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dc.contributor.author김성한-
dc.date.accessioned2018-06-14T05:44:29Z-
dc.date.available2018-06-14T05:44:29Z-
dc.date.issued2017-05-
dc.identifier.citationWATER RESEARCH, v. 121, Page. 150-161en_US
dc.identifier.issn0043-1354-
dc.identifier.urihttps://www.sciencedirect.com/science/article/pii/S0043135417303810-
dc.identifier.urihttps://repository.hanyang.ac.kr/handle/20.500.11754/72071-
dc.description.abstractIn order to understand the characteristics and dynamics of dissolved organic matter (DOM) in the sediment of rivers affected by impoundments, we examined the vertical profiles and the benthic fluxes of DOM in four different core sediments located at upstream sites of weirs in major rivers of South Korea. In three out of four sites, exponential accumulation of dissolved organic carbon (DOC) with depth was observed with the signature of seasonal variability. Except for the site displaying a below-detection limit of Fe(II), the general accumulation trends of DOC with depth was concurrent with the increases of Fe(II) and NH4+ and the decrease of PO43-, signifying a close linkage of the DOM dynamics with anaerobic respiration via iron reduction, an important early diagenesis pathway. The estimated benthic fluxes from the cores revealed that the sediments likely serve as DOC, chromophoric DOM (CDOM), and fluorescent DOM (FDOM) sources to the overlying water. The benthic effluxes based on DOC were comparable to the ranges previously reported in lake and coastal areas, and those of CDOM and FDOM showed even higher levels. These findings imply that impoundment-affected river systems would change the DOM composition of the overlying water, ultimately influencing the subsequent water treatment processes such as disinfection byproducts production and membrane fouling. A simple mass balance model indicated that the impoundment-affected river sediments may operate as a net carbon sink in the environments due to a greater extent of sedimentation compared to the estimated benthic efflux and sediment biological respiration. (C) 2017 Elsevier Ltd. All rights reserved.en_US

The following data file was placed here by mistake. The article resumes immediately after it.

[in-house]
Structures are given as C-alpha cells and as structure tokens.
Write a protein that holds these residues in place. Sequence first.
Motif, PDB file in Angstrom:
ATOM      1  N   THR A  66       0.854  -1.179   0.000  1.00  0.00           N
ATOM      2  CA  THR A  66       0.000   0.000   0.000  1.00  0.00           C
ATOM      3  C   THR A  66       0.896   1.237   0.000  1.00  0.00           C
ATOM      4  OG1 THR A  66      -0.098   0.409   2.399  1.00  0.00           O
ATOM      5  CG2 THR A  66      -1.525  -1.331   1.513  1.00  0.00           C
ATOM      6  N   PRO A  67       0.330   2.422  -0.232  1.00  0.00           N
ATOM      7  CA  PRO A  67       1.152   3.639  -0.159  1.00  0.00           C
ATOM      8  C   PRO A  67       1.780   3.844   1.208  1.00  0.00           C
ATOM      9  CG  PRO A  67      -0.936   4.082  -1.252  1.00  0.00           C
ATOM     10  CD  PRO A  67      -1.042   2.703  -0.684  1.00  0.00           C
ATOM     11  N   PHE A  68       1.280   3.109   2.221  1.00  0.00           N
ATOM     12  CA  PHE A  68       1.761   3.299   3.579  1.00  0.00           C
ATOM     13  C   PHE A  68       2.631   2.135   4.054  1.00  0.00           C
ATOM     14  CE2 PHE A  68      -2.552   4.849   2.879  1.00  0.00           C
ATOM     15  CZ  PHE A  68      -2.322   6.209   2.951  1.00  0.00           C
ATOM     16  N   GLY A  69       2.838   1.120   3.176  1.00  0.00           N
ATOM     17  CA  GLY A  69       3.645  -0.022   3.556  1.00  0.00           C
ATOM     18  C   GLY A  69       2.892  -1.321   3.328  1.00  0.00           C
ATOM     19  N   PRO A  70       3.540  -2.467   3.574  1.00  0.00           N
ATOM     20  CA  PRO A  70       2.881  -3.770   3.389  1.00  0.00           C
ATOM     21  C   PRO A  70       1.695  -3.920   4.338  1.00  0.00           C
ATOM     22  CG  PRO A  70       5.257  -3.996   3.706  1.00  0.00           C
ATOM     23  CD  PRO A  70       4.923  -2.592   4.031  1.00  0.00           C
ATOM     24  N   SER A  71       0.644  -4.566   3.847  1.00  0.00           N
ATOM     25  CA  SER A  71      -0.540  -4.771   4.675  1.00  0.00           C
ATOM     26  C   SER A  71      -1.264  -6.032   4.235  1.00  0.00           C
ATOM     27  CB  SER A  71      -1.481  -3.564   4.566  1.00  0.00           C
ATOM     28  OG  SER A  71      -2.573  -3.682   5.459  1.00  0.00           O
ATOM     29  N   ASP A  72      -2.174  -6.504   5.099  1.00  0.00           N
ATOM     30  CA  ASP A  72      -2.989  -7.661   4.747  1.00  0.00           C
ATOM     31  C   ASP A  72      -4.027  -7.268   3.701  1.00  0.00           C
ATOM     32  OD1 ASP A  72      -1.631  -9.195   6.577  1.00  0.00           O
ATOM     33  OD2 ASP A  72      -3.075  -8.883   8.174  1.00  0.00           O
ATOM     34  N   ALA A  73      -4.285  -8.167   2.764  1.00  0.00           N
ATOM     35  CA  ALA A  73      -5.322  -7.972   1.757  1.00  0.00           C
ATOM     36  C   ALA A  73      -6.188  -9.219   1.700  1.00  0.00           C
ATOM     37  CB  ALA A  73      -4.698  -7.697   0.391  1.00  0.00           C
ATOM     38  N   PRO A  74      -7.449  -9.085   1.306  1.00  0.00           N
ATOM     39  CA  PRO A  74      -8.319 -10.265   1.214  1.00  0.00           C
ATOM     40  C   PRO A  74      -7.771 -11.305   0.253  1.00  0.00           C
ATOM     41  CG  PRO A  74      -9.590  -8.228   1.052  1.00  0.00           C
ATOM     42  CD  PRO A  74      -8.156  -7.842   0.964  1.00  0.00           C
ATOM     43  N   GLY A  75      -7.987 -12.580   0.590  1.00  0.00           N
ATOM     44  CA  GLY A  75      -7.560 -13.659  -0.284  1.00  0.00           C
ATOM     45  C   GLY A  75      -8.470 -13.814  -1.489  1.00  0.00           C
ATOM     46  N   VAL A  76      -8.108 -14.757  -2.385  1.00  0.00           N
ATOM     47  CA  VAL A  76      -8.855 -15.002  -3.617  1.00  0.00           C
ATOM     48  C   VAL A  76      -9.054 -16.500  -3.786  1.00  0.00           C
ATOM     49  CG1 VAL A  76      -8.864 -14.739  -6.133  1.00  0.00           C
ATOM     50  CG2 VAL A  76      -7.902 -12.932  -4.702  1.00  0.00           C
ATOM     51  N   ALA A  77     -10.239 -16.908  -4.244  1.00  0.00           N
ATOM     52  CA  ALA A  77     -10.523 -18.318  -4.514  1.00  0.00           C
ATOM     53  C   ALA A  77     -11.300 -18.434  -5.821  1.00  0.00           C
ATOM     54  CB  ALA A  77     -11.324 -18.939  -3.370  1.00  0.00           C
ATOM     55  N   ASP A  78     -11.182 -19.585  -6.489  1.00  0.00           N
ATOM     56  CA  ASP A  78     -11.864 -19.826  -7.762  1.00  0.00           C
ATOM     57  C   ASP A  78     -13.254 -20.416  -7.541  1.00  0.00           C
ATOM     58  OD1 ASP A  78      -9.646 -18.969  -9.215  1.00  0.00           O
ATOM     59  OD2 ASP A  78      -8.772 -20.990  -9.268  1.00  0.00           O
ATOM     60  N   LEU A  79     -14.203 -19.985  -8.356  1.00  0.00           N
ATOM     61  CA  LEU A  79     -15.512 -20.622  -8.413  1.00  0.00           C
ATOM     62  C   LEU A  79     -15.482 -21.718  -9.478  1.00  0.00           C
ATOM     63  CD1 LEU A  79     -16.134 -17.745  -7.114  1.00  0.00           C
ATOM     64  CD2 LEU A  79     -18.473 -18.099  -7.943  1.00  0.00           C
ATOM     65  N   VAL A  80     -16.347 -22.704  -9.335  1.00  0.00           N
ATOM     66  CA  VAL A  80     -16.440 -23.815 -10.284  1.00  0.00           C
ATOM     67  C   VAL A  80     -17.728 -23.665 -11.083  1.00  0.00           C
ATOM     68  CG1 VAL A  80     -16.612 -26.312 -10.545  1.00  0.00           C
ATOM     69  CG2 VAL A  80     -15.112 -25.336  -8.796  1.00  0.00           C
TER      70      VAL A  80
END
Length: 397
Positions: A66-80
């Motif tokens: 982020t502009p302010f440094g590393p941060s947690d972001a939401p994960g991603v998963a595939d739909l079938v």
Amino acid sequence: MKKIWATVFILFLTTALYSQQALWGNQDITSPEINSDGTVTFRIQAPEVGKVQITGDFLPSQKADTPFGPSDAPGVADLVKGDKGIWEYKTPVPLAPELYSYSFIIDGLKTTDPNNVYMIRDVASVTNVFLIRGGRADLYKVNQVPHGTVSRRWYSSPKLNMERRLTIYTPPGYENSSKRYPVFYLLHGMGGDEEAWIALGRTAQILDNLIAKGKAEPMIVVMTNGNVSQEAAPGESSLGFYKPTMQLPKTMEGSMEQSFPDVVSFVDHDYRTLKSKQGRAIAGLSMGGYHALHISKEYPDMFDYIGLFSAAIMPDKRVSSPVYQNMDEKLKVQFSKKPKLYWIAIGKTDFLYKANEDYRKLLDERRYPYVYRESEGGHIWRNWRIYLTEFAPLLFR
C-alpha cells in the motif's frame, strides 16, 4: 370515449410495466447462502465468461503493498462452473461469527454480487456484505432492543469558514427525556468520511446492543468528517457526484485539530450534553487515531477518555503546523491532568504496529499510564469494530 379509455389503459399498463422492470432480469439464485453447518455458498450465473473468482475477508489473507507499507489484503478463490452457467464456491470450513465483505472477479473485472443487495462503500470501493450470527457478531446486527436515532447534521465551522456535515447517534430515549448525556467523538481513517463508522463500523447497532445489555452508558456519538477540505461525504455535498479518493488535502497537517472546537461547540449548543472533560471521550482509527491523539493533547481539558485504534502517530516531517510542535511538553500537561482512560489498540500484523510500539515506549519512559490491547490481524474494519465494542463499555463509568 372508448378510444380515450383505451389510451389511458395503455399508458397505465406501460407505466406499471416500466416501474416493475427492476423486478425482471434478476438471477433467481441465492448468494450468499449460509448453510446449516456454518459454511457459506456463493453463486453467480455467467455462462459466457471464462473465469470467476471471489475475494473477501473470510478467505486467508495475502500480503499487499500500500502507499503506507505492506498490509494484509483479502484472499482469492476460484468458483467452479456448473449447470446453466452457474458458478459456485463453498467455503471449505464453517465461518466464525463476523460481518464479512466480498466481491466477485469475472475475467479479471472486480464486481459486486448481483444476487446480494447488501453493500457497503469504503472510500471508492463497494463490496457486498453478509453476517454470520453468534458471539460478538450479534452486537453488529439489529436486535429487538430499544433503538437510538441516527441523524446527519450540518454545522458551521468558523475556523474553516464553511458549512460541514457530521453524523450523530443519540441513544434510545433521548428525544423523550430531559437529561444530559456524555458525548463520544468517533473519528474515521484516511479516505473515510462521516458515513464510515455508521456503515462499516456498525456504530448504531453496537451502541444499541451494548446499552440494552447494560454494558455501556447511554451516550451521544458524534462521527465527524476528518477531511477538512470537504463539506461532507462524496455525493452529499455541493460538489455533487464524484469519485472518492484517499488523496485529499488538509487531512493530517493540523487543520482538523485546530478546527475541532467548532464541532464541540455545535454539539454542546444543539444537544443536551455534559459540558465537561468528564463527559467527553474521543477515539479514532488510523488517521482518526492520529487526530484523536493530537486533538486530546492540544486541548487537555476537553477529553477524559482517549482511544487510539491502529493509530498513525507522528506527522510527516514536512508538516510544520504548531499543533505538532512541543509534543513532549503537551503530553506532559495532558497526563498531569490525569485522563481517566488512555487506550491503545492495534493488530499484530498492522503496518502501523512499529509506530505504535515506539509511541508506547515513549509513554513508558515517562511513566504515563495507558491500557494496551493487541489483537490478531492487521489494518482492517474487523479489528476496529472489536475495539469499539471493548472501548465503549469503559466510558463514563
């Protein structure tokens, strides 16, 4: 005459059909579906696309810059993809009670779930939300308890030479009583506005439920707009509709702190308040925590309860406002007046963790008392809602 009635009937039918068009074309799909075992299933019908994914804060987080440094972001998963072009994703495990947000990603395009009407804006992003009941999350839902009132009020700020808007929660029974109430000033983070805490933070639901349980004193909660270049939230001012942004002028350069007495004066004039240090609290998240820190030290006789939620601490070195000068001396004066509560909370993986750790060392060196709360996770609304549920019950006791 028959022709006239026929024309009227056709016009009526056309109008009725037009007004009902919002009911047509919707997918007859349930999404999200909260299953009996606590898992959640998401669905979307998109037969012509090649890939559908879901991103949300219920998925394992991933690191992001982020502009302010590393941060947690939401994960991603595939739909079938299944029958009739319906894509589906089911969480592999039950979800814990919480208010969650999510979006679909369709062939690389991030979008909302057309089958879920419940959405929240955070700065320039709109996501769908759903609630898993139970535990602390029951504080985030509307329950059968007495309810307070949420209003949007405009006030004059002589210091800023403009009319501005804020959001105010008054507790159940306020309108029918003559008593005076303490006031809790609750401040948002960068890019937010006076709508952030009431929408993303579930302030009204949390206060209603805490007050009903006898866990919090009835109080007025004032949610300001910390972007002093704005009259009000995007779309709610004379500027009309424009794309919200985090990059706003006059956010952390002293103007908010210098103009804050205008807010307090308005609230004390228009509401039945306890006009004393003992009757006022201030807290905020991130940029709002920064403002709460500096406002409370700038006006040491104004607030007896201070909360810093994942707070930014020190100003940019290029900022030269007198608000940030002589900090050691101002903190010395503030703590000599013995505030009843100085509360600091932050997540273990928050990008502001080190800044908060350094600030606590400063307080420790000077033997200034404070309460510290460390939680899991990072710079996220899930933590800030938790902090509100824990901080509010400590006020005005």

dc.description.sponsorshipThis work was supported by a National Research Foundation of Korea (NRF) grant funded by the Korean government (MSIP) (No. 2014R1A2A2A09049496). Additional support was provided by the National Institute of Environmental Research in Korea. Special thanks go to Ms. Yun-Kyung Lee and Dr. Mi-Hee Lee for their kind assistance in laboratory analyses and related language communication.en_US
dc.language.isoen_USen_US
dc.publisherPERGAMON-ELSEVIER SCIENCE LTDen_US
dc.subjectDOMen_US
dc.subjectPore wateren_US
dc.subjectEEM-PARAFACen_US
dc.subjectImpoundmenten_US
dc.subjectBenthic fluxen_US
dc.subjectMass balanceen_US
dc.subjectCARBON BURIAL EFFICIENCYen_US
dc.subjectARCTIC-OCEAN SEDIMENTSen_US
dc.subjectOXYGEN EXPOSURE TIMEen_US
dc.subjectFLUORESCENCE SPECTROSCOPYen_US
dc.subjectPORE WATERSen_US
dc.subjectCONSTRUCTED RESERVOIRen_US
dc.subjectMOLECULAR-WEIGHTen_US
dc.subjectMARINEen_US
dc.subjectCOASTALen_US
dc.subjectTERRESTRIALen_US
dc.titleDynamics of dissolved organic matter in riverine sediments affected by weir impoundments: Production, benthic flux, and environmental implicationsen_US
dc.typeArticleen_US
dc.relation.volume121-
dc.identifier.doi10.1016/j.watres.2017.05.022-
dc.relation.page150-161-
dc.relation.journalWATER RESEARCH-
dc.contributor.googleauthorChen, Meilian-
dc.contributor.googleauthorKim, Sung-Han-
dc.contributor.googleauthorJung, Heon-Jae-
dc.contributor.googleauthorHyun, Jung-Ho-
dc.contributor.googleauthorChoi, Jung Hyun-
dc.contributor.googleauthorLee, Hyo-Jin-
dc.contributor.googleauthorHuh, In-Ae-
dc.contributor.googleauthorHur, Jin-
dc.relation.code2017003042-
dc.sector.campusE-
dc.sector.daehakRESEARCH INSTITUTE[E]-
dc.sector.departmentINSTITUTE OF OCENA AND ATMOSPHERIC SCIENCES-
dc.identifier.pidshkim1778-
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